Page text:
During these BOOM times, optimism bias creeps into the minds of buyers allowing them to pay off the charts, wildly inflated, irrational prices for fear of “missing out.” Optimism bias is a cognitive bias that causes a person to (mistakenly) believe nothing negative could ever happen to them. It is a “close your eyes and buy at new all-time highs” belief system.
If the prices collapse, the banks can require more capital. If you do not have more capital, the bank can take your property. If the government wants to increase your taxes, you must pay or they will confiscate your property. In fact, property confiscations are already happening in Greece and Italy.
Commercial and residential real estate are now grotesque asset bubbles ready to explode.
Why are these asset bubbles continuing to grow? The blame can be placed on the central banks. They are destroying natural market pricing mechanisms (i.e., capitalism) by engaging in currency and stock manipulation. They are purchasing massive amounts of corporate debt as well as selling off their local currency and buying US stocks denominated in US dollars.
This pushes down their local currency, making their exports more attractive, and increases the US dollar stock price allowing the central bank to make a tidy profit on their long US stock and long USD positions. The Swiss National Bank, the Bank of Japan, and the People’s Bank of China are buying massive amounts of stocks.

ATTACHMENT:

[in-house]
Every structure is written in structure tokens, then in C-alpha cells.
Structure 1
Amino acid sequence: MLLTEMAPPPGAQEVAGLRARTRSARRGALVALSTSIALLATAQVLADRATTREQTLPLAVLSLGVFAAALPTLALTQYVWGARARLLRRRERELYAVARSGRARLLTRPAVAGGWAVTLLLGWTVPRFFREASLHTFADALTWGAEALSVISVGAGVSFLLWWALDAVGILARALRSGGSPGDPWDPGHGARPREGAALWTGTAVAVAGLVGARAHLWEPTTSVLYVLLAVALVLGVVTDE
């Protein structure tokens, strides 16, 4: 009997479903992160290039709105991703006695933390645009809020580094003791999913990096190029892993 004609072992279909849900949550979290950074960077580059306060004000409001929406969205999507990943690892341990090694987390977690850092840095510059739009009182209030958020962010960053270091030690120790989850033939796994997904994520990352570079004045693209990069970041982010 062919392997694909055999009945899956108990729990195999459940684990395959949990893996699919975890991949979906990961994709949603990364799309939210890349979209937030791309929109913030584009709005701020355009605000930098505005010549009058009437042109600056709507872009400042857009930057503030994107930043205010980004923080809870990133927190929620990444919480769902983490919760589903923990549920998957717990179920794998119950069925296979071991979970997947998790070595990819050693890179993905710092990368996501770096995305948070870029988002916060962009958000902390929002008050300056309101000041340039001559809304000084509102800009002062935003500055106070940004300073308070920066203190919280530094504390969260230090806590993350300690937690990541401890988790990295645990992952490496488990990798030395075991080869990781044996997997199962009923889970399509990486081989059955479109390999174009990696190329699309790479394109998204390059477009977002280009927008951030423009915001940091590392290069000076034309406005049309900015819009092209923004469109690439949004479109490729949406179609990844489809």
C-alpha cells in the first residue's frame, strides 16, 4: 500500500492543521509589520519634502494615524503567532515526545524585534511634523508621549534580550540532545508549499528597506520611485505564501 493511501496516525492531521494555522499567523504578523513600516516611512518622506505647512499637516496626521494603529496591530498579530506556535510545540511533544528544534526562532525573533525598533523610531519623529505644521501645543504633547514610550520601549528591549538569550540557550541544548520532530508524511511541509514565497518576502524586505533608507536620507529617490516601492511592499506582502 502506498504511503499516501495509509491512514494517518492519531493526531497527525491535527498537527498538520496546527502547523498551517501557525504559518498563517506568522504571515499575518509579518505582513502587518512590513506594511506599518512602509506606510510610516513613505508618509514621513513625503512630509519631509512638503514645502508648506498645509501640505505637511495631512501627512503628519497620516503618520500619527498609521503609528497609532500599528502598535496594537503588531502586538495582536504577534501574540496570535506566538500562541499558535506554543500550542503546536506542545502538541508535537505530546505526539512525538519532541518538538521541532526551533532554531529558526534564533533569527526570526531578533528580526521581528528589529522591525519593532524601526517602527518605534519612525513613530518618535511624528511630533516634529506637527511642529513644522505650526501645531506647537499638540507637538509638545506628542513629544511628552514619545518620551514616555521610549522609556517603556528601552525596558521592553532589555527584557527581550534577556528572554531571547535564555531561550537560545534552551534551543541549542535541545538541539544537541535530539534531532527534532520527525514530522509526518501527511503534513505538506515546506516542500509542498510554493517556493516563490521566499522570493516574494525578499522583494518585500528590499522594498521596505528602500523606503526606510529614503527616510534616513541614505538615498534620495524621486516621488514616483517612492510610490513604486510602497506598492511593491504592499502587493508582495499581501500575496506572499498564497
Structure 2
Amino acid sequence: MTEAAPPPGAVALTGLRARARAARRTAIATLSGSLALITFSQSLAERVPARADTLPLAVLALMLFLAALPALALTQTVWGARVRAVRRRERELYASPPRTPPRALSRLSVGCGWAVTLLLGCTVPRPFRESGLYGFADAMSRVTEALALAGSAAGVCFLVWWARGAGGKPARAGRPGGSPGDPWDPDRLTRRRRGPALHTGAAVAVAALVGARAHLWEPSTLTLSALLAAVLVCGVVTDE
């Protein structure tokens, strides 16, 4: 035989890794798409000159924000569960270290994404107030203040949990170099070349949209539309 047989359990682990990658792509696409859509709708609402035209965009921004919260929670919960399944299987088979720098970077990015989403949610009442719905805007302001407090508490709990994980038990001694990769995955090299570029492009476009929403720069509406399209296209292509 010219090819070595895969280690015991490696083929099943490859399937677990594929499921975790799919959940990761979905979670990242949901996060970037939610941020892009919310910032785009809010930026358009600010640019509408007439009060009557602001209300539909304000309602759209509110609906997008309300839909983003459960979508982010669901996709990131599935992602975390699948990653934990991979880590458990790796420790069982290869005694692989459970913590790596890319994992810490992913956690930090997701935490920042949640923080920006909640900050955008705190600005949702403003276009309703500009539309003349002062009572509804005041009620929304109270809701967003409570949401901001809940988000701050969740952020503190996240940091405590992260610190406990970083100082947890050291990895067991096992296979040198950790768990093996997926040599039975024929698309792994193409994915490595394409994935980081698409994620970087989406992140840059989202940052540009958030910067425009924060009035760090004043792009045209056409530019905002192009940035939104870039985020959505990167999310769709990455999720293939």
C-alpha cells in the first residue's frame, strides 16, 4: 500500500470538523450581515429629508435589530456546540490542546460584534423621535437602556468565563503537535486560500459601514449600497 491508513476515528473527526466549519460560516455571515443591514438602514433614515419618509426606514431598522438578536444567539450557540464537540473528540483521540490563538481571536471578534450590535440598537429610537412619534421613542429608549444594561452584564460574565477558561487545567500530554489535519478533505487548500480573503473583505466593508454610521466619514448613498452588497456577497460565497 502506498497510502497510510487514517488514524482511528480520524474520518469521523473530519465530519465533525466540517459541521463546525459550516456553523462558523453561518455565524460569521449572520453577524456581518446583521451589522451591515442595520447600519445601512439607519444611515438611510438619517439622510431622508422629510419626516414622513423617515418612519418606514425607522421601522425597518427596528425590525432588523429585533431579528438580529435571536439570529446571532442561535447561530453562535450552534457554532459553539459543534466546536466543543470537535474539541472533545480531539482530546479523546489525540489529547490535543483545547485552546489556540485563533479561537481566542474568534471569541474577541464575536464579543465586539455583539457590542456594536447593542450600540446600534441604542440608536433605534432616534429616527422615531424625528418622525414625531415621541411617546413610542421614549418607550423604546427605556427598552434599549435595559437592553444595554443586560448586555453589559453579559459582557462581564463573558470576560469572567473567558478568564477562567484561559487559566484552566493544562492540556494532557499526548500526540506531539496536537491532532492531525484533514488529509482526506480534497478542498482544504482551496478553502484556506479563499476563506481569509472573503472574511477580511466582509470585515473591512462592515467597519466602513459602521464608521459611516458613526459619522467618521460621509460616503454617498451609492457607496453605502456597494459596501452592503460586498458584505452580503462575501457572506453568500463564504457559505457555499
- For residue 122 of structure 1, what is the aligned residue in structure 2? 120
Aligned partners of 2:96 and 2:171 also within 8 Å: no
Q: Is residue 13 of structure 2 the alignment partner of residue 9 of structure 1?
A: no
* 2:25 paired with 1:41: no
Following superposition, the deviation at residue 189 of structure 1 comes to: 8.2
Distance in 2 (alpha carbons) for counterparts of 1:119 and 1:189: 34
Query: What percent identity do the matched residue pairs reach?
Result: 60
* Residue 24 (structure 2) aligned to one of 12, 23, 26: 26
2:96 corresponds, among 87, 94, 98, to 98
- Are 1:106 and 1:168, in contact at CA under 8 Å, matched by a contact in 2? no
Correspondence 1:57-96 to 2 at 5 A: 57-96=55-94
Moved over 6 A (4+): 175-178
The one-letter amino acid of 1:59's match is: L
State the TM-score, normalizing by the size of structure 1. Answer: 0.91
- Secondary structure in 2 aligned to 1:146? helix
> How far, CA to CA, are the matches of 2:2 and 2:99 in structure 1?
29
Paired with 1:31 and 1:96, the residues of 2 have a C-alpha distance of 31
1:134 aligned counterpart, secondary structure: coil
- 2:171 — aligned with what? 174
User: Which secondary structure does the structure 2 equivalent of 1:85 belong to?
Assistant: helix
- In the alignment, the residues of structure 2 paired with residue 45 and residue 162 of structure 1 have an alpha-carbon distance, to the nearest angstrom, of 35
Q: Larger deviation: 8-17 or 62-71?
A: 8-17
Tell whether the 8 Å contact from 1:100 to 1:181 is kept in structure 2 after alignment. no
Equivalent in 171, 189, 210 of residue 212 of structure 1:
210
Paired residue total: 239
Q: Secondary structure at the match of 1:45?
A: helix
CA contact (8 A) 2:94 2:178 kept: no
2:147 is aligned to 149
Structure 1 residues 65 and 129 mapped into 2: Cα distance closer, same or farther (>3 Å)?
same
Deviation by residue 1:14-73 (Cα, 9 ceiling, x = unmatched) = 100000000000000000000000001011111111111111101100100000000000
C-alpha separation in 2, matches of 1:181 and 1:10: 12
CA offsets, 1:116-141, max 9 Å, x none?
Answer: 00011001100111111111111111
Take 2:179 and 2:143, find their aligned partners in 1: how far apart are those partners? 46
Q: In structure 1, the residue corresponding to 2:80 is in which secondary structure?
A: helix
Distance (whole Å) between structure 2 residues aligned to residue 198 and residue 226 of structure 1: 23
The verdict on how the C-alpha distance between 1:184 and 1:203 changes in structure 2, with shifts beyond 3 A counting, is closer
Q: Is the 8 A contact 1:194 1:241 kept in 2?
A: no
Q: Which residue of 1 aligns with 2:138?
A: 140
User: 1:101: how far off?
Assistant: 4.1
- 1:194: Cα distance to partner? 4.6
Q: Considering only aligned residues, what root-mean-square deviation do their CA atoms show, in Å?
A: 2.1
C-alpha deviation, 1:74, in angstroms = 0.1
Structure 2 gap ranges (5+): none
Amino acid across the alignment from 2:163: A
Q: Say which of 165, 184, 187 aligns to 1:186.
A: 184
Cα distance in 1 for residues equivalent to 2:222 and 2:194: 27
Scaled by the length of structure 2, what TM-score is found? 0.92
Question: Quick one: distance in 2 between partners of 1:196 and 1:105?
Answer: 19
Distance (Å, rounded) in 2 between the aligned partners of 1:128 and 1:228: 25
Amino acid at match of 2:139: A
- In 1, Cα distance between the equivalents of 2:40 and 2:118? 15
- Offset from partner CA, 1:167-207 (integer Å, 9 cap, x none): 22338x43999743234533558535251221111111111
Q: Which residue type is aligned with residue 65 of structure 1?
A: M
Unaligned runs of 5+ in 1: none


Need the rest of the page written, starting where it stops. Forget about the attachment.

This currency and stock manipulation is crushing the emerging markets, especially countries that have debt in US dollars. Since 2013, the value of India’s rupee has depreciated 30 percent Vs. US dollars and the value of Mexico’s peso has depreciated 65 percent Vs. US dollars. In 2015, Brazil’s currency plummeted over 60 percent and Venezuela’s bolivar has been obliterated.
And it’s not just emerging markets. Between 2008 and 2009, the value of Great Britain’s pound (GBP) plummeted by over 30 percent Vs. US dollars, and in 2014 the Euro lost 25 percent of its value against the US dollar.
The central banks’ policies of asset inflation, money printing, currency manipulation, and most importantly exporting inflation to the emerging markets are to blame for these currency wars but the financial media’s propaganda bullhorn would rather blame BREXIT, Trump, or Putin for these losses.
The central banks’ monetary policies have only succeeded in creating the most debt in history while enabling irrational valuations in commercial and residential real estate as well as in the stock and bond markets. Monetary policy has failed to create economic growth and the unintended consequences of these actions have sparked an epic currency war destroying emerging markets with excessive US dollar debt and debased currencies. The currency wars and exporting inflation are the elephants in the room that no one is talking about.
This will lead to trade wars and end with a catastrophic global financial crisis or, even worse, a world war.